As a high-school student in the suburbs of Boston, Seth Rotberg watched his mother’s mental and physical health deteriorate because of Huntington’s disease. Rotberg was embarrassed to go out in public. People would stare, despite the 15-year-old’s best attempts to explain that her drunk-like movements were caused by a fatal neurodegenerative disorder.
“I was in denial when I first learned about it,” Rotberg told Huntington’s Disease News by phone, adding that he was more focused on fitting in with his friends from school.
As Rotberg matured — eventually testing positive for the same disease that killed his mother — he got involved with other people who have Huntington’s. Eventually, he established Our Odyssey, a nonprofit group devoted to connecting young adults with rare conditions.
Huntington’s disease is a rare genetic disorder caused by a mutation in the huntingtin (HTT) gene. It is characterized by uncontrolled jerking, writhing movements known as chorea, loss of thinking ability, and psychiatric problems. Patients typically die 15 to 20 years after advanced symptoms appear.
Rotberg also spoke about Our Odyssey during a Feb. 20 webinar sponsored by the National Organization for Rare Disorders (NORD).
Rotberg, 29, is a patient engagement manager at Inspire, a for-profit company that manages an online patient forum and social network. Similar to his role as head of strategy and engagement at Our Odyssey, Rotberg coordinates patient meet-ups for 200 rare and chronic disease communities.
Our Odyssey seeks to reduce social isolation among rare-disease patients aged 18 to 35 through meetings across the country.
Becoming a patient advocate
“Even though we live with different conditions, ultimately we are dealing with similar challenges,” Rotberg said. His goal: “Eliminate the stigma behind trying to fit in with your peers or feeling pressured by society to be someone you aren’t.”
The idea for Our Odyssey started circulating in Rotberg’s head before he earned his master’s in nonprofit management from DePaul University in 2018. Rotberg met co-founder Kristina Wolfe in January 2019; together, they established Our Odyssey five months later.
The organization has no salaried employees. Rotberg said it relies on volunteers and assistance from Our Odyssey’s board, though he hopes that might change. Anna Laurent, diagnosed with Alagille syndrome as a child, plays a large role in running the organization as its head of programming and initiatives.
While Rotberg admits he doesn’t make a lot of time for himself, he loves connecting with other leaders who deal with rare and chronic diseases. One friend jokingly refers to him as Seth the Connector. Having a ticking clock for when his symptoms might appear adds extra stress.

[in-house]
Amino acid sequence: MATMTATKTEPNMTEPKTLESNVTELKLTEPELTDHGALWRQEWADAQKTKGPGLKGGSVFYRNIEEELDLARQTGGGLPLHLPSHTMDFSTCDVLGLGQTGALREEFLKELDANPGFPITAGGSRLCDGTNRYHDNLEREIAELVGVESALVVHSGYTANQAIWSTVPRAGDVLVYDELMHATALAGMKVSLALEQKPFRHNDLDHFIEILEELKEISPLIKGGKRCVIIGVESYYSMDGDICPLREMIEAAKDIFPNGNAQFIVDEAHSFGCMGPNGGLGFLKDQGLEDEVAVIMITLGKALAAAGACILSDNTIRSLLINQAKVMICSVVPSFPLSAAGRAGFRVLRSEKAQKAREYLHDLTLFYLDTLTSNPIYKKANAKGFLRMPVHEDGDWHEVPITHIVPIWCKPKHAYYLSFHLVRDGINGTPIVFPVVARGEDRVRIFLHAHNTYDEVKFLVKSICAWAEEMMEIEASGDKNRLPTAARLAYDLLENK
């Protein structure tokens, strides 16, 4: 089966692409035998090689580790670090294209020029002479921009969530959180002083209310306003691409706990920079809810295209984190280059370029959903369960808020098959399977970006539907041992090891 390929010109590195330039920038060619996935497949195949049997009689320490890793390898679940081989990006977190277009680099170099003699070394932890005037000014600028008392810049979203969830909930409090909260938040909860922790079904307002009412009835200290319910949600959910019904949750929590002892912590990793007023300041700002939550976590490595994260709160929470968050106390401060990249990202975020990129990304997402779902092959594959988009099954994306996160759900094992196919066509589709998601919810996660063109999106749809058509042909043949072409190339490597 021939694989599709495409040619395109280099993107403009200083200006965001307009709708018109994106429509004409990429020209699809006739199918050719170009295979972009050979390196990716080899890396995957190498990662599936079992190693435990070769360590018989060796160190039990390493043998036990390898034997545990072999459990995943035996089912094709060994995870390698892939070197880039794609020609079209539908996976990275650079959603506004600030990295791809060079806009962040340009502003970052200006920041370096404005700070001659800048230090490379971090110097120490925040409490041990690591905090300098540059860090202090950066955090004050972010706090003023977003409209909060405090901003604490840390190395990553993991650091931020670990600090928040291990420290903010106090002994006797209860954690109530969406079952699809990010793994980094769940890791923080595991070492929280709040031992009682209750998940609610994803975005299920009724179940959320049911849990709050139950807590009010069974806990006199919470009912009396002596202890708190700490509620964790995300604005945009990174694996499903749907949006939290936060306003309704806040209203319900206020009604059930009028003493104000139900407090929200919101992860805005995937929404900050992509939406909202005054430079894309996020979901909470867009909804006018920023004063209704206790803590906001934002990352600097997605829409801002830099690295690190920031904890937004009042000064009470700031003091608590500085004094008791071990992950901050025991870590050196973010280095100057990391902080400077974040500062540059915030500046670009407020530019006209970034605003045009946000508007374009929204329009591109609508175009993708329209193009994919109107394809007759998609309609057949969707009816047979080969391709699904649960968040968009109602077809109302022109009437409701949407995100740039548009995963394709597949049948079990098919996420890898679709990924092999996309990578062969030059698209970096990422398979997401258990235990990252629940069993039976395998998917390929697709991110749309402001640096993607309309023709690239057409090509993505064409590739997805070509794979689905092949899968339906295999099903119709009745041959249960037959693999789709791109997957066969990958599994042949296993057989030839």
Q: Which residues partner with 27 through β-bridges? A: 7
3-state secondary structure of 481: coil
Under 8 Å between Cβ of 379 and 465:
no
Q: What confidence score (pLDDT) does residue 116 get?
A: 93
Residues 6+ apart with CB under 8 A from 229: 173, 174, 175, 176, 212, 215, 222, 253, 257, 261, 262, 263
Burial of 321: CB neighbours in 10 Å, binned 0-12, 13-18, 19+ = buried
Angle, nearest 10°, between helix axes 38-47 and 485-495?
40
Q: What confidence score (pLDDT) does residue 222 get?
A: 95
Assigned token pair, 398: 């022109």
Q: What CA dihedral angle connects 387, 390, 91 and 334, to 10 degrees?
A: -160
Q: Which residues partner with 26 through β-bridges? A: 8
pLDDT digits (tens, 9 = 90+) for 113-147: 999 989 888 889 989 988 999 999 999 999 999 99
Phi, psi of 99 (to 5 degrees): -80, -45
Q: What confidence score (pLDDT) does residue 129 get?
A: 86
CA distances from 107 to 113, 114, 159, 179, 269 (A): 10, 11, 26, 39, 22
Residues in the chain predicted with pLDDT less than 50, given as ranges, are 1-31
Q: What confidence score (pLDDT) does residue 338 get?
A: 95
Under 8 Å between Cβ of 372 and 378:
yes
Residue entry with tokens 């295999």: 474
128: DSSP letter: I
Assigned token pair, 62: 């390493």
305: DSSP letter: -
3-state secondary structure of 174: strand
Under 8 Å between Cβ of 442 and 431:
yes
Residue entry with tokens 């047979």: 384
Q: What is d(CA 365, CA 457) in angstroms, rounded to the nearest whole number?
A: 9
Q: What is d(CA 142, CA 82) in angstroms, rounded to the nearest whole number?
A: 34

“Even if I seem happy and hopeful and everything, I have my bad days, my tough weeks when I have to deal with anxious thoughts or stress or worrying about the future,” said Rotberg, adding that he sees a therapist regularly.
Rotberg’s first foray into Huntington’s disease advocacy came during his freshman year at the University of Massachusets (UMass) Amherst. The university was near his home in the outskirts of Boston — but far enough away to have the independent college living experience.
He and a friend created a three-on-three basketball tournament, Hoops for Huntington’s, to raise money for research into the condition. Testing positive for Huntington’s his second year of college took him by surprise, despite having a 50% chance of inheriting the disorder from his mother.
“I was shocked,” Rotberg said in the TEDx speech. For two years, he refrained from telling family members, who thought he became more involved with patient advocacy work because of his mother.
Expanding Our Odyssey
“I could connect with young adults in the Huntington’s disease space on a personal level without having to explain myself because they understood it,” Rotberg said.
Rotberg has been a HDYO board member for three years. He was a volunteer and president of the Massachusetts and Rhode Island chapter of HDSA during his college years.
At the Global Genes RARE Patient Advocacy Summit in 2018, Rotberg not only spoke, but also rounded up other young adults in attendance to stage the first Our Odyssey meet-up before it had a name.
Rotberg wants to get more funding to expand meet-ups around the world — not just in the northeastern U.S. — create a mentorship program, and let young adults share their stories through public speaking and media opportunities.
He’s looking to expand without “going too crazy,” spreading himself and Our Odyssey thin. That idea echoes the advice he gave in the NORD webinar for new organizations: focus on creating a few high-quality events rather than a bunch of superficial ones.
While Rotberg’s future with Huntington’s is unknown, the tattoo emblazoned across his shoulders and on his friend James Hoffman’s headstone, who died from an apartment fire at UMass Amherst, pushes him forward.
“Live as if you were going to die tomorrow,” it says. “Learn as if you were to live forever.”
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